Sony Still Sells PlayStation 3 at a Loss – Analysis

Sony PlayStation 3 Slim 120GB Costs $336 to Manufacture

by Anton Shilov
12/15/2009 | 11:28 PM

Even though Sony Computer Entertainment has managed to greatly reduce the manufacturing cost of its PlayStation 3 video game system, the company still sells its console at a loss, according to a new teardown analysis conducted by iSuppli market research firm. In fact, the latest PS3 Slim 120GB costs $336.27 to make.


“Since the introduction of the PlayStation 3 in late 2006, Sony has subsidized the price of every console sold, a deficit the company has made up for with game sales and royalties. However, with each new revision of the game console hardware, Sony has aggressively designed out costs to reach the hardware and manufacturing breakeven point as quickly as possible. The latest version of the PlayStation 3 manages to further reduce the loss, even with the U.S. price of the console having fallen by $100 during the past year, said Andrew Rassweiler, director and principal analyst in teardown services division of iSuppli.

New Chips Help to Cut Costs

To reduce costs, this design of the latest-generation PlayStation 3 is significantly revised from previous versions. The major changes involve the use of less expensive semiconductors, a general redesign of the product and a reduction in the number of components in the console.

The new version employs some critical semiconductors that are manufactured, using more advanced semiconductor manufacturing technology at the 65nm and 45nm nodes. Such chips are less expensive than those using older processes employed in previous-generation PlayStation 3 consoles.

The Nvidia Reality Synthesizer (RSX) remains the most expensive chip in the PlayStation 3, at $45.82. However, that’s a 21% decline from the Reality Engine employed in the previous version of the PlayStation 3 hardware, based on pricing in October 2008. iSuppli believes Sony is employing a part that is made by using 65nm technology, compared to 90nm in the initial version of the PlayStation 3 in October 2006.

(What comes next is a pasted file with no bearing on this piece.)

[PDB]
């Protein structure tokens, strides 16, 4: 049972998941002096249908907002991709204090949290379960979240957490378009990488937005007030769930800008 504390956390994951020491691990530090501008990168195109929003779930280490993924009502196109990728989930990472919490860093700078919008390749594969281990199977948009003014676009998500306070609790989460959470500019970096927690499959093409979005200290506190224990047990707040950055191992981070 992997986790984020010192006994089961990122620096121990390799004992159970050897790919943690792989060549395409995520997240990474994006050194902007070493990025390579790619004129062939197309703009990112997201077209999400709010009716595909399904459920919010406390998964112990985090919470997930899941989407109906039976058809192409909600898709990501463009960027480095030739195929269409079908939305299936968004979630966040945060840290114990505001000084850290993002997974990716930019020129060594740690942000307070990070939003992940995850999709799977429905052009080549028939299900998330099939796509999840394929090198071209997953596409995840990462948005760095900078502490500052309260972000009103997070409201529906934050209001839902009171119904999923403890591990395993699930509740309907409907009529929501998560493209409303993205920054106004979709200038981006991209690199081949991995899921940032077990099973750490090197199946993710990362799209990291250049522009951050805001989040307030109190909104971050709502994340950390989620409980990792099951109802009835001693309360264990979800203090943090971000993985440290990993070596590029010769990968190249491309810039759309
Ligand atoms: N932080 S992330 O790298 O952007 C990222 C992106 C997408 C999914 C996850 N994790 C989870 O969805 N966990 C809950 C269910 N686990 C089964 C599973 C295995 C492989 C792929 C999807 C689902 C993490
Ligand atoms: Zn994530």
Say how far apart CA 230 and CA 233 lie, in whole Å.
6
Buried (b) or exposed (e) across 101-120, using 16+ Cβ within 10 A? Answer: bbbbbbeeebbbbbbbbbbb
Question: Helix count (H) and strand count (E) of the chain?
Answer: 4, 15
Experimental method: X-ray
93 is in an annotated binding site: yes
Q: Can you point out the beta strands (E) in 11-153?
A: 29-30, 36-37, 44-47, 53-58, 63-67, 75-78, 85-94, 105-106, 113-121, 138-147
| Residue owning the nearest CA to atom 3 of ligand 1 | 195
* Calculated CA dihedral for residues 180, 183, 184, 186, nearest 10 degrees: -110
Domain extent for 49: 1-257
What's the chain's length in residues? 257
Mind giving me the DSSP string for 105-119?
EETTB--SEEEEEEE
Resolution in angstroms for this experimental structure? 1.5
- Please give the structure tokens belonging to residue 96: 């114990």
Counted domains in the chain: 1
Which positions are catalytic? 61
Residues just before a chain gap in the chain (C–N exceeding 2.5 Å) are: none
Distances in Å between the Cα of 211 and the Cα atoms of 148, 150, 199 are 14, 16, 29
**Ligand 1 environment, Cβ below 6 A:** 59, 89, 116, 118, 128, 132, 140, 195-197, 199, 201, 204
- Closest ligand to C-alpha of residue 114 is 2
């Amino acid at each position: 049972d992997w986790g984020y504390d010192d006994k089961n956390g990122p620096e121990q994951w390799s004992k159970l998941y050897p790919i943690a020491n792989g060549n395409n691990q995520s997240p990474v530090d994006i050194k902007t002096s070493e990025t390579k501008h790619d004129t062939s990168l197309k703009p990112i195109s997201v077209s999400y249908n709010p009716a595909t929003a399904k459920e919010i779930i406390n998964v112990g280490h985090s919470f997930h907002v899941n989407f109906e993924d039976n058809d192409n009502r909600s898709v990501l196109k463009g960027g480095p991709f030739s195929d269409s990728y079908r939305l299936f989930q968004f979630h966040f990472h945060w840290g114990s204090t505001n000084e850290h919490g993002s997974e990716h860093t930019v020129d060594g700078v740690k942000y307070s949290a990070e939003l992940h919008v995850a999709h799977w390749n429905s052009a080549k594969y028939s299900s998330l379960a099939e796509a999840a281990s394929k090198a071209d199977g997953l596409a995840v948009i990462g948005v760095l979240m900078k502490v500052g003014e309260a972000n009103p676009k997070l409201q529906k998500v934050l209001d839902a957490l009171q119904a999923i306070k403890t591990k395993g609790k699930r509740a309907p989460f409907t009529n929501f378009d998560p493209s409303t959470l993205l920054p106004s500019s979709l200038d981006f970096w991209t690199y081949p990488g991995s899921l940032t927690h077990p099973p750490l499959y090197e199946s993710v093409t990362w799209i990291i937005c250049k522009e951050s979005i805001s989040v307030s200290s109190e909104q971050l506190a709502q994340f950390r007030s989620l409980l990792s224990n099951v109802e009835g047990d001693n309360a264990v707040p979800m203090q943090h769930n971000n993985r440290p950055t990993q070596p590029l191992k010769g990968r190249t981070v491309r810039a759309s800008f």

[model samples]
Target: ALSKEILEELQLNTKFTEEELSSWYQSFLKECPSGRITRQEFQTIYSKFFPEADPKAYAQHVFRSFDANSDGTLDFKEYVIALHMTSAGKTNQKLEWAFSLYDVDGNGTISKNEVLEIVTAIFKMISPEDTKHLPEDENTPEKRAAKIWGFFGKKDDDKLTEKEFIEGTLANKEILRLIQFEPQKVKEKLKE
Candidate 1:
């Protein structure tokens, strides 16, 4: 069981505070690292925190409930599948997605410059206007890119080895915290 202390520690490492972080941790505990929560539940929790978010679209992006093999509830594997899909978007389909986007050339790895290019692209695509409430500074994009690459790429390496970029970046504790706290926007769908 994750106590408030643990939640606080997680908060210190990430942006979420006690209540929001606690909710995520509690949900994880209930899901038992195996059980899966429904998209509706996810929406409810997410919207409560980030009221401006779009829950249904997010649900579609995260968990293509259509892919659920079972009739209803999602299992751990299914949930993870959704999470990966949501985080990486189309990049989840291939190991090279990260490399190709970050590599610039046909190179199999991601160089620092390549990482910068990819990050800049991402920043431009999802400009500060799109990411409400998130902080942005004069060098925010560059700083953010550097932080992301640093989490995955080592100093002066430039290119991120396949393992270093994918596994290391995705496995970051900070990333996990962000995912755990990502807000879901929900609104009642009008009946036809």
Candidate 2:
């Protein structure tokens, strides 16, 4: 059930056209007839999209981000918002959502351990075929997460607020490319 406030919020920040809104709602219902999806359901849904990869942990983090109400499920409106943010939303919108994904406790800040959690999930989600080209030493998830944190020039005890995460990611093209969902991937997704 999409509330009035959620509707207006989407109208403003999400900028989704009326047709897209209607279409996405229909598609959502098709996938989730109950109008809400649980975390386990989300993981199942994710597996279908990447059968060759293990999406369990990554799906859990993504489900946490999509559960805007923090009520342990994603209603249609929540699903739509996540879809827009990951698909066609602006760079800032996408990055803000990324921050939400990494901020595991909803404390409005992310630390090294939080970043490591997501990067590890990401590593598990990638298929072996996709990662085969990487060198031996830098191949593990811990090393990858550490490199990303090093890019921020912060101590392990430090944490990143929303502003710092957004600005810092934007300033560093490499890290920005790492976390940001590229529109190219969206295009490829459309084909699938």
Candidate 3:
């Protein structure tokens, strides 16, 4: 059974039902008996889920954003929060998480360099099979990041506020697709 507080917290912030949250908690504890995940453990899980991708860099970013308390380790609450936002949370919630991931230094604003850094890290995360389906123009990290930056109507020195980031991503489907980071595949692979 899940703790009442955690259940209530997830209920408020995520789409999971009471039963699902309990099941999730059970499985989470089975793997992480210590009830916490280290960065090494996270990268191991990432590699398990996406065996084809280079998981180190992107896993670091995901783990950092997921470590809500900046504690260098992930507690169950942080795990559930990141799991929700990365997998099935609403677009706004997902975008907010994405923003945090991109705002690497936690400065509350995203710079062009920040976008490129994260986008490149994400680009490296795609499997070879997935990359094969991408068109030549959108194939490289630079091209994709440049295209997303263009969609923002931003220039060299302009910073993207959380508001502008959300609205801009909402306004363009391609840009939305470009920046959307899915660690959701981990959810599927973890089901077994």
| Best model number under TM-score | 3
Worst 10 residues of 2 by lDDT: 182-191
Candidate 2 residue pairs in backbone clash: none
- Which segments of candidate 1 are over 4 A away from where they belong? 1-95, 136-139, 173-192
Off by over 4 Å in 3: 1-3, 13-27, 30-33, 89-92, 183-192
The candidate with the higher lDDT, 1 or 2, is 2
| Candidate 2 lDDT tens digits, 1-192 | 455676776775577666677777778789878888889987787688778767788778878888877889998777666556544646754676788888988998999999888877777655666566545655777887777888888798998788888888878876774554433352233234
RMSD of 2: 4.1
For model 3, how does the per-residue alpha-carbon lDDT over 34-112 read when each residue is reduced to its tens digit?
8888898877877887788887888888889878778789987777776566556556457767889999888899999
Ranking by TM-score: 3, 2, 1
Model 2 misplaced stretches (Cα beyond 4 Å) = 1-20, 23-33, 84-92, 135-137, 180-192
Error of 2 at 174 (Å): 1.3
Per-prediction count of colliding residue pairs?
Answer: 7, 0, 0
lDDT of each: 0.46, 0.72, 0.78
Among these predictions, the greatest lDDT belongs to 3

The latest PlayStation 3 features a new version of the IBM Cell processor, using 45nm process technology. iSuppli’s October estimate of the cost of the Cell was $37.73, a nearly 19% reduction from $46.46 for the 65nm part in the previous-generation PlayStation 3.

Still, the most expensive part of PS3 is still Blu-ray drive, which costs $66. It is also noteworthy that 256MB of XDR memory costs $39.2, which makes memory the third most expensive part of Sony PlayStation 3.

Given its extensive range of capabilities, the PlayStation 3 has always been a complex product with a large number of components. But the latest version is simplified considerably in terms of not only component and subsystem counts but also overall complexity. Excluding the controller and the box contents, the latest version of the PlayStation 3 includes approximately 2568 components, down from 4048 in the original version.

The new chips also cut the power usage of the PlayStation 3, allowing design changes that reduce hardware costs. The new system cuts the energy budget nearly in half from the first-generation hardware as the new PS3 employs a 220W master power supply, compared to a 400W supply in the first version. The lower wattage reduces the cost of the power supply as well as other power and cooling components.

PlayStation 3 Near the Tipping Point for Profitability

Based on a dissection and analysis of the console, iSuppli has determined that the PlayStation 3 Slim 120GB, released in September, carries a combined bill of materials (BOM) and manufacturing/test cost of $336.27. At a newly reduced retail price of $299, the latest version of the PlayStation 3 comes closer to breaking even than any previous version of the product.

The new PlayStation 3 120GB is priced at $299 in the United States, which means Sony sells each PlayStation 3 in the United States for $37.27 less than its materials and manufacturing cost. In comparison, iSuppli’s Teardown Analysis Service determined that Sony sold the previous-generation PlayStation 3 for $49.72 less than its manufacturing and materials cost, based on pricing from October 2008.

iSuppli’s teardown analysis accounts only for hardware and manufacturing costs and does not take into consideration other expenses, such as software, box contents and royalties. Thus, the difference between the cost of the product and the U.S. price is even greater than $31.27.

However, the U.S. price for the console likely is somewhat lower than overall worldwide average. Furthermore, ongoing reductions in component pricing will cause the materials cost to decline significantly in 2010.

“In light of these factors, the PlayStation 3 probably is already at or near the tipping point for profitability,” Mr. Rassweiler said.